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Businesses, IMRO & PPI have announced a new dual licensing system for Ireland

Businesses, IMRO & PPI have announced a new dual licensing system for Ireland


The Irish Music Rights Organisation (IMRO) and Phonographic Performance Ireland (PPI) today have announced a new music licensing system for businesses in Ireland, which claims to be a more streamlimed process for businesses looking to play music on their premises.

The new licence will be a dual music licence that covers both IMRO and PPI. Currently, businesses were required to obtain one licence to cover separate copyrights, IMRO’s licence covers public performance on behalf of songwriters, composers and publishers while PPI’s licence covers the public performance of the sound recording on behalf of record producers and performers.

The new dual licence scheme begins on January 1st 2016 and will replace the existing one completely in 2017. IMRO will administer the licence on behalf of both organisations.

Victor Finn, CEO of IMRO said:

“The new dual music licence will provide businesses which play music with clarity as to what they need to do to be legally compliant. It means that one contract covering all music copyrights will be available from IMRO, rather than two separate licence contracts from two different organisations. This will reduce the administrative burden for businesses in Ireland and save time. As we phase in the new system, we will be contacting affected businesses to explain the changes.”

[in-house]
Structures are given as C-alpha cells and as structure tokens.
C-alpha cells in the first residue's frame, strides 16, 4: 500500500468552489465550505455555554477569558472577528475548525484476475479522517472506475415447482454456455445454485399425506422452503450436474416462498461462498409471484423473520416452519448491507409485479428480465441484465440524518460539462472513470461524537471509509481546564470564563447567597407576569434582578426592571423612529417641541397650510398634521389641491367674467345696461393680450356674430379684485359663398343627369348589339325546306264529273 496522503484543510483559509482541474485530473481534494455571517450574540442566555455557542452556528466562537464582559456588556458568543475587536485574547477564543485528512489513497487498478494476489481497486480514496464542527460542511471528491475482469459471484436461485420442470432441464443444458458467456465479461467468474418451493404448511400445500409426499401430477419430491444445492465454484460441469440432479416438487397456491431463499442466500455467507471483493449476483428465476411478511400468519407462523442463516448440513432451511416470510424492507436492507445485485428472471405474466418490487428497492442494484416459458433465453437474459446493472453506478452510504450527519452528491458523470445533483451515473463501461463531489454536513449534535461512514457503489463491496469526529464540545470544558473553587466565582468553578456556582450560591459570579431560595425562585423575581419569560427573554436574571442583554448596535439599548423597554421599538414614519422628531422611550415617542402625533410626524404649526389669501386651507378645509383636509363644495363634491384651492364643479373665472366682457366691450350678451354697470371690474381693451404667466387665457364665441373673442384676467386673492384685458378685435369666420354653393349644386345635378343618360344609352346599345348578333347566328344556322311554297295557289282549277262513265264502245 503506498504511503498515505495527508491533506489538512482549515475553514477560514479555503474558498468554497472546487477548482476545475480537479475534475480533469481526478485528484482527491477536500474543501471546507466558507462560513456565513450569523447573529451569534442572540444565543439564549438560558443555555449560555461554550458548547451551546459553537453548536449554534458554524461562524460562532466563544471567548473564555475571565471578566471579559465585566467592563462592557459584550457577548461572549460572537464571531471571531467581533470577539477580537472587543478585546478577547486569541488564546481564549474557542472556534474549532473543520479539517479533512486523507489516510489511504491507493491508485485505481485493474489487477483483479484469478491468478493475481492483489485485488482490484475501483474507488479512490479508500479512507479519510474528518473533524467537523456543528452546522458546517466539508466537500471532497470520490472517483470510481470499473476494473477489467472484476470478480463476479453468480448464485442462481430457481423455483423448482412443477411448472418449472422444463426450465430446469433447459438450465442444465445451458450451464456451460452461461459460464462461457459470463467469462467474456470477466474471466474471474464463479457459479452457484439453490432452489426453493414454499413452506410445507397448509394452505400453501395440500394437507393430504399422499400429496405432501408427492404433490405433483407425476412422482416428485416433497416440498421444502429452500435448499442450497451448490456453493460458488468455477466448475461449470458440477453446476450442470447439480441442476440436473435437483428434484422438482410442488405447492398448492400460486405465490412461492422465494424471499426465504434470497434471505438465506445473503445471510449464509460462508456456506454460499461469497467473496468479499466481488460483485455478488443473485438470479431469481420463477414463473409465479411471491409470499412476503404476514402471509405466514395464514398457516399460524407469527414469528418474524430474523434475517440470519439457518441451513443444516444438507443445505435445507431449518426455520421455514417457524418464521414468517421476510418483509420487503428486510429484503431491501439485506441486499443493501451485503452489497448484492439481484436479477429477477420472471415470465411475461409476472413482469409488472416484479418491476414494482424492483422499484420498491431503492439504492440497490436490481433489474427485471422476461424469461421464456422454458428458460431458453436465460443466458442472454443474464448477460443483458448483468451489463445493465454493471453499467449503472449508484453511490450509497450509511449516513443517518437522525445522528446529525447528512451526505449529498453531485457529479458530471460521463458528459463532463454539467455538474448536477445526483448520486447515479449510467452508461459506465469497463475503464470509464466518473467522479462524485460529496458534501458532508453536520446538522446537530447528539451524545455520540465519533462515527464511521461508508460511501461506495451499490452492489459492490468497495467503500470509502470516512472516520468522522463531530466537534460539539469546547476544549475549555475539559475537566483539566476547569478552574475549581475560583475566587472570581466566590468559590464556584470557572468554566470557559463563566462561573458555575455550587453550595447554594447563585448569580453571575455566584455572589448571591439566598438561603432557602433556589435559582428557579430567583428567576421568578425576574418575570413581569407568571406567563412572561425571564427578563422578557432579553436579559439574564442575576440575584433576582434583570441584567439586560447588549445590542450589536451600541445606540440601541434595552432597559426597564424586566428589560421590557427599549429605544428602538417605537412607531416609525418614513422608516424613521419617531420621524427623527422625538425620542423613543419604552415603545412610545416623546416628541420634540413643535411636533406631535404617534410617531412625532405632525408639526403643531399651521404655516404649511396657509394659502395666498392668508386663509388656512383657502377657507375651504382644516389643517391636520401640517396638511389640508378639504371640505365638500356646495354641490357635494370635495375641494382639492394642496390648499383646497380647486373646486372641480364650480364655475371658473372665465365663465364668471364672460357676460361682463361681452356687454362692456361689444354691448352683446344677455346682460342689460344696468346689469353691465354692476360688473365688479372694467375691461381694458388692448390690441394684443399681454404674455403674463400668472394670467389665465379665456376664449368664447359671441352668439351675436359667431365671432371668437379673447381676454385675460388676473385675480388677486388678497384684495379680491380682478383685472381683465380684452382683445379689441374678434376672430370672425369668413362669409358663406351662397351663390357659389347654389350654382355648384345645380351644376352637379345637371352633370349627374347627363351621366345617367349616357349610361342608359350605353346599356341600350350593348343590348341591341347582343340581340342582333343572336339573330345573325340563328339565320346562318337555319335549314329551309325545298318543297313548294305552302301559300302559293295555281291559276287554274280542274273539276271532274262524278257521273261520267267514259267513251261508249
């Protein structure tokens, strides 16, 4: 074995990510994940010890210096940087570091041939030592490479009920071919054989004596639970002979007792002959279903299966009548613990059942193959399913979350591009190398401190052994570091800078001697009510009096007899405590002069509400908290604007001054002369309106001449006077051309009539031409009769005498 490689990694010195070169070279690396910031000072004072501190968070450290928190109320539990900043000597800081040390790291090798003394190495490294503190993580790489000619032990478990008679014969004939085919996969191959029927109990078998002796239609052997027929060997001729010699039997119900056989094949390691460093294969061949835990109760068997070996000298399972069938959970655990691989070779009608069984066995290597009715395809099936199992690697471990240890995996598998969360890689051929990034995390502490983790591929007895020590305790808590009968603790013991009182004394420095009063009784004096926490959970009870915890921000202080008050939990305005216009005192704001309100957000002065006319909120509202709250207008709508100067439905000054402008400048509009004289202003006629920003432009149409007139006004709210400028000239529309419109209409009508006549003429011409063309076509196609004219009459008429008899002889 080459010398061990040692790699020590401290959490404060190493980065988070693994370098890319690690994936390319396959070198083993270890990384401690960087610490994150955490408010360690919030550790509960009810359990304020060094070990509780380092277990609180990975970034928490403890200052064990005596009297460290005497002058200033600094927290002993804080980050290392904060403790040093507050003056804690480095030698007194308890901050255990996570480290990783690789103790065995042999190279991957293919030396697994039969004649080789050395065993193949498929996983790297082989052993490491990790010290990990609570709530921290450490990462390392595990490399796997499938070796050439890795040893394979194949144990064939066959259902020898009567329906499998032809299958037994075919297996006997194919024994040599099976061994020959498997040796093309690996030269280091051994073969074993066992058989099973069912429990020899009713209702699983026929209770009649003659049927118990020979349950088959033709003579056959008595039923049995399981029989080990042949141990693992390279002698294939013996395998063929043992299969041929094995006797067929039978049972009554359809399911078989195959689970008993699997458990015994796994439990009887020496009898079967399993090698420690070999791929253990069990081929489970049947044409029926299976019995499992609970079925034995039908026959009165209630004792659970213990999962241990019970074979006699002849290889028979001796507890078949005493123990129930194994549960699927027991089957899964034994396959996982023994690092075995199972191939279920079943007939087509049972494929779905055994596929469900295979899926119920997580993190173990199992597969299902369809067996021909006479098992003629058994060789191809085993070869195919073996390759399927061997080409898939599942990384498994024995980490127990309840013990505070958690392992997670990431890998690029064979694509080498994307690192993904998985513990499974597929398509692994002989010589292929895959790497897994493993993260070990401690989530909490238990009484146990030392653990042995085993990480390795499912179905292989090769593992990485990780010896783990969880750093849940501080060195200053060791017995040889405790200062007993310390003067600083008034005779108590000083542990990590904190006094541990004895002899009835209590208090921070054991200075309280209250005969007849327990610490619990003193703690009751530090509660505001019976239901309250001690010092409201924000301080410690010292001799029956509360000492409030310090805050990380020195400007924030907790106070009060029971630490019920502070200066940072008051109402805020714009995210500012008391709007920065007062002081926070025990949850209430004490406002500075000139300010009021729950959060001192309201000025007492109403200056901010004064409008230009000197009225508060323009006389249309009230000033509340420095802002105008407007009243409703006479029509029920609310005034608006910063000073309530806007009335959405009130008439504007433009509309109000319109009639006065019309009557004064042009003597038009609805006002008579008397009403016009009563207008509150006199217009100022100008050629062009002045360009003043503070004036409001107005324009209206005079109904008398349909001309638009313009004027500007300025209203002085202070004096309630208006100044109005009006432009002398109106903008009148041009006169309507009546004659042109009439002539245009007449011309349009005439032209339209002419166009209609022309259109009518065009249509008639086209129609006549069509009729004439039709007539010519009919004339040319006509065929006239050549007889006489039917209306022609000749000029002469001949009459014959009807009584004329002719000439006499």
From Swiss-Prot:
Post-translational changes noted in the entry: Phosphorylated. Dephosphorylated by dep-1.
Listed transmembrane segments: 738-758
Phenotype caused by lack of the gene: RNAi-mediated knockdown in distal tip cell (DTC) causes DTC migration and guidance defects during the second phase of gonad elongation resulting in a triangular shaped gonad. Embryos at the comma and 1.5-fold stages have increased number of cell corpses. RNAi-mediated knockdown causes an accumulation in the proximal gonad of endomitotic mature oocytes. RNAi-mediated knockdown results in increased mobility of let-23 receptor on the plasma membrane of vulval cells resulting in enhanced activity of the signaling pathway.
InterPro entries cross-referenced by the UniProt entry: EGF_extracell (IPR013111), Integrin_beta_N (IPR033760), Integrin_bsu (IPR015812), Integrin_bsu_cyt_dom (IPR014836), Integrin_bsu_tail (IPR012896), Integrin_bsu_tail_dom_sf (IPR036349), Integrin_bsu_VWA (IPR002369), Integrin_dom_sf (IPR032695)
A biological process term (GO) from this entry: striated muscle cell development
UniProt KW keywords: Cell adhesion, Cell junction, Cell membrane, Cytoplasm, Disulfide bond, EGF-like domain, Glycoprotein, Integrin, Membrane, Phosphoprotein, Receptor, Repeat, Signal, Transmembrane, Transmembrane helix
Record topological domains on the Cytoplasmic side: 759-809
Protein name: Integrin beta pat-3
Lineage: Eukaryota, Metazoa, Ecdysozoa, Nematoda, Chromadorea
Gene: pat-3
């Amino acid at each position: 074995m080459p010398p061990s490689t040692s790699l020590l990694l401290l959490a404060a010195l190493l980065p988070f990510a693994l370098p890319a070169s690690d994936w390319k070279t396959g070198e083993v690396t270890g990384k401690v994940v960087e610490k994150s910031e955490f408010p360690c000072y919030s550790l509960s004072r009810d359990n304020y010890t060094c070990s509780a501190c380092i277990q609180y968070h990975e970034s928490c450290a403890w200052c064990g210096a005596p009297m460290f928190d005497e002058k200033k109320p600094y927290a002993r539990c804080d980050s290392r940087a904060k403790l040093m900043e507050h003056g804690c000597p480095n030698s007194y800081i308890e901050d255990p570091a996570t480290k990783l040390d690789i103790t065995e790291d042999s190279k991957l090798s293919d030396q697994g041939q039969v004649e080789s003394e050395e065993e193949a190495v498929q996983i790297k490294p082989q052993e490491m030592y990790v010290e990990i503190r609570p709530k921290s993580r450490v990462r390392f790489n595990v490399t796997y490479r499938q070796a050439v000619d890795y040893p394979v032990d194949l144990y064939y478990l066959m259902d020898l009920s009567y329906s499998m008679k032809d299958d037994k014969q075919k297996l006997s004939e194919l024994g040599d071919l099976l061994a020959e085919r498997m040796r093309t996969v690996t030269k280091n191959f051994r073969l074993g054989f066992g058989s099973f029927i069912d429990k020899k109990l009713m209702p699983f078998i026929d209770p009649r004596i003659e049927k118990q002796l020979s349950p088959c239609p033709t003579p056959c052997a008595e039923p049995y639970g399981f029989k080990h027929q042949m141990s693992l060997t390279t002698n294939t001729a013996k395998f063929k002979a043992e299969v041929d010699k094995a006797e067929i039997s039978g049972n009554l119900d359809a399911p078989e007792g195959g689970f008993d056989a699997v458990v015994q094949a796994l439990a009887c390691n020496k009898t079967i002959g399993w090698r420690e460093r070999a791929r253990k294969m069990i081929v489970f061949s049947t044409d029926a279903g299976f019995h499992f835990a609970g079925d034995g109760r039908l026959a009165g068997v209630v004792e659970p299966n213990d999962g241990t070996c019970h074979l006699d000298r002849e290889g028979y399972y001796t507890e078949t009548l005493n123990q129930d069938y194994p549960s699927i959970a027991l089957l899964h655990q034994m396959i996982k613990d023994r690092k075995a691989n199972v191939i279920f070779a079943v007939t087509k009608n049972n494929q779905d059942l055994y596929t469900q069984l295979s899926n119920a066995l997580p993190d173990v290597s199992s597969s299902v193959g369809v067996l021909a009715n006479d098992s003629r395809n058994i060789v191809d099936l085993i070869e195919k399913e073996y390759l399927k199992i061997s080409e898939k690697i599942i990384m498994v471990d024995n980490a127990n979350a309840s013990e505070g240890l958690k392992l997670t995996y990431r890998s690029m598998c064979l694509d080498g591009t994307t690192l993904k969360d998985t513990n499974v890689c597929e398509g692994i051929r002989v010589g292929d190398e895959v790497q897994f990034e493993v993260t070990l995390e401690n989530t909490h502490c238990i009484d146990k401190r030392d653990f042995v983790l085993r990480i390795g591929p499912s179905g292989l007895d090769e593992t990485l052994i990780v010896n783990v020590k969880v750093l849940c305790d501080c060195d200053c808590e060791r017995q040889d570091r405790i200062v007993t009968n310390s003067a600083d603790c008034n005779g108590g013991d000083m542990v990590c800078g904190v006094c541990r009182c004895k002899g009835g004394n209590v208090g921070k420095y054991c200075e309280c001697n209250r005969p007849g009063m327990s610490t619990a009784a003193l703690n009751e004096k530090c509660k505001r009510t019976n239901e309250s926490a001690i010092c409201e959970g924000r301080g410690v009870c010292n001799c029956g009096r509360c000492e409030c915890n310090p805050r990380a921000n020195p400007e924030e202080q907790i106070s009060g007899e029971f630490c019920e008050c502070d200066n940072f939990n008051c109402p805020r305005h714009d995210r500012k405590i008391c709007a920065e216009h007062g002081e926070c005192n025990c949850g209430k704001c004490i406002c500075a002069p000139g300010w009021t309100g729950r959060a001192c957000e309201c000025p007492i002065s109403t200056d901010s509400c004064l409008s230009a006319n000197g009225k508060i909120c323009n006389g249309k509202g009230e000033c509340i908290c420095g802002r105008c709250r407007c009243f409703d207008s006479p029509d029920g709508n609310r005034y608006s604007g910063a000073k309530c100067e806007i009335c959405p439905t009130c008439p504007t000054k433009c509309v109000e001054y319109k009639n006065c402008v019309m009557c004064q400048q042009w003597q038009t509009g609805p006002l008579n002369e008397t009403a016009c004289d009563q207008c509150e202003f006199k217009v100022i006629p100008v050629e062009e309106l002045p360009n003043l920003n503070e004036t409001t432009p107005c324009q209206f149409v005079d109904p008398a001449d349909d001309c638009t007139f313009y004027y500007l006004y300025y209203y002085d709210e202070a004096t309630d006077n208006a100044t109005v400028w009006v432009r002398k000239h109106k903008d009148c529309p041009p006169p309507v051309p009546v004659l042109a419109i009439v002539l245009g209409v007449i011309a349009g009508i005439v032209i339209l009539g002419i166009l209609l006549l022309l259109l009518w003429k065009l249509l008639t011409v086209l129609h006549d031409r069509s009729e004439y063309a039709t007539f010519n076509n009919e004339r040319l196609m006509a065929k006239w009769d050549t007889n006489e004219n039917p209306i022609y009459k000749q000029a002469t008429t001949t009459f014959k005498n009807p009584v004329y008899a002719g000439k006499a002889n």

“Introducing a more streamlined licensing system ensures that all businesses in Ireland continue to enjoy the benefits of using music. It is important that all involved in the creation of music, get a fair return for their work. Music is one of Ireland’s greatest assets, delivering half a billion euro to the economy annually and supporting 11,500 jobs. Music licensing is an important contributor to continued growth, maintaining jobs and fostering creativity in the sector.”

Dick Doyle, CEO of PPI said:

“The new model is very similar to systems that are in place in Denmark, the Netherlands and New Zealand. It makes sense that a dual licence covering all public performance rights is available for Irish businesses. We look forward to working with IMRO to ensure a smooth transition for our licensees. An information campaign will be initiated in the coming months to ensure as much clarity and support for businesses as possible. In operational terms, this announcement impacts less than 50% of PPI’s business. As a result up to 8 staff will be affected. Some of these staff will transfer with the business, while others will have the opportunity of either transferring with the business or availing of voluntary redundancy. A staff consultation period is now in train with those affected.”

Read my interview with IMRO’s Victor Finn about why he thinks the Irish music industry is failing.